Rob Halford with Family and Friends, Celestial

If your tastes run darker and louder than that, metal god Rob Halford has got you covered. The Judas Priest vocalist celebrates the birth of the Christ child with a family band including his brother Nigel, his nephew Alex, his sister Sue, and close friends. Celestial leans into the drama in the story of the baby Jesus. “God Rest Ye Merry Gentlemen” makes surprisingly solid heavy metal. “Away in a Manger” gets played like the wilderness vagabond survival song its lyrics hint at. “Deck the Halls” receives a doom-metal makeover you have to hear to believe. Some of this stuff is silly, but most of it is fun. Rob Halford’s Celestial is the perfect soundtrack for throwing up devil horns at neighbors’ nativity displays.

Dionne Warwick, Dionne Warwick & the Voices of Christmas

Wilder than Halford’s hardened holiday collection is soul and pop legend Dionne Warwick’s new duets album Dionne Warwick & the Voices of Christmas, the only album on this list to dare to put the Oak Ridge Boys on the same album as Michael McDonald, Chloe x Halle, and Wanyna Morris of Boyz II Men. The measure of a soul singer’s holiday album is how hard their version of “This Christmas” goes, and Mama Dionne and Aloe Blacc did it justice. Come to Voices of Christmas for Warwick’s still silky voice; stay to hear Michael McDonald’s ridiculous albeit rock-solid “Jingle Bell Rock.”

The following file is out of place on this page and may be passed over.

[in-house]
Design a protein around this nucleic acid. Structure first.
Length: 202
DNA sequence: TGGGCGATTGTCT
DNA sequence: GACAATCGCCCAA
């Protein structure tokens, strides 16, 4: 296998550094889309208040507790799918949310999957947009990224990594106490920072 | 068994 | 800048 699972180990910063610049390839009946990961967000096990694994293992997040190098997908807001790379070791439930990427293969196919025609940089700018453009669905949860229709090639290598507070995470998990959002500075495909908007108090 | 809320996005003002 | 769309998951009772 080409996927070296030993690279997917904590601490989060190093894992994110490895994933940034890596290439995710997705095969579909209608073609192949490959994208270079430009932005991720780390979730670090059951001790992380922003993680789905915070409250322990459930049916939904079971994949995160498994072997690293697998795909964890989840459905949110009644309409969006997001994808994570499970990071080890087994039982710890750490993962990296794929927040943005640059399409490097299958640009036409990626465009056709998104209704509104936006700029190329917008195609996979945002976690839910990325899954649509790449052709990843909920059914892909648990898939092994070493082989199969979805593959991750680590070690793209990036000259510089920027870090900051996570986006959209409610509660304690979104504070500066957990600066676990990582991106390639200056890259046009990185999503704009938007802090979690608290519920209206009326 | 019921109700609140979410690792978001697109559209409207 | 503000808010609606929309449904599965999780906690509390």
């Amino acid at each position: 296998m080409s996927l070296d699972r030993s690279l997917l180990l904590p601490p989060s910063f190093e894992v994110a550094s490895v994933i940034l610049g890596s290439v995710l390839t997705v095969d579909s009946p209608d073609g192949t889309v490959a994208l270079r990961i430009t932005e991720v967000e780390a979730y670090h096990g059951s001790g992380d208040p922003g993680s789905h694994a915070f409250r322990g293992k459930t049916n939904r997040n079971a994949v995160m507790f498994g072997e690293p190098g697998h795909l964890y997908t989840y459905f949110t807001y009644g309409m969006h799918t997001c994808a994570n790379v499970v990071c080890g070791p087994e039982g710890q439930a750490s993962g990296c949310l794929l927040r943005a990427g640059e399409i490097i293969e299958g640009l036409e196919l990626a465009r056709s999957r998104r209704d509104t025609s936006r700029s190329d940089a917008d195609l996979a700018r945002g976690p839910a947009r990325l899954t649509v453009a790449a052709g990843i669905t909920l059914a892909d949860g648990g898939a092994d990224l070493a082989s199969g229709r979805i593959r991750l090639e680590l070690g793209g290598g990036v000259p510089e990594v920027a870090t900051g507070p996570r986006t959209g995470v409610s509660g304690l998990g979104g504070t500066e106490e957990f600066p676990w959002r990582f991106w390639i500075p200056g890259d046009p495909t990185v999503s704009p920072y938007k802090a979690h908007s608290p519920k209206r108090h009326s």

Related Posts

Who Forgot to Tell Target About Lady Gaga’s Album Delay?

Top Releases To Check Out: Carly Rae Jepsen, KSI, Stini, Dagny & More

Chance the Rapper Just Released Four New Songs

It’s a Whole New Era for the Grammys

How Ella Mai’s ‘Boo’d Up’ Became a Song of Summer Over a Year Later

Jay-Z Has Finally Done Something to Make the BeyHive Proud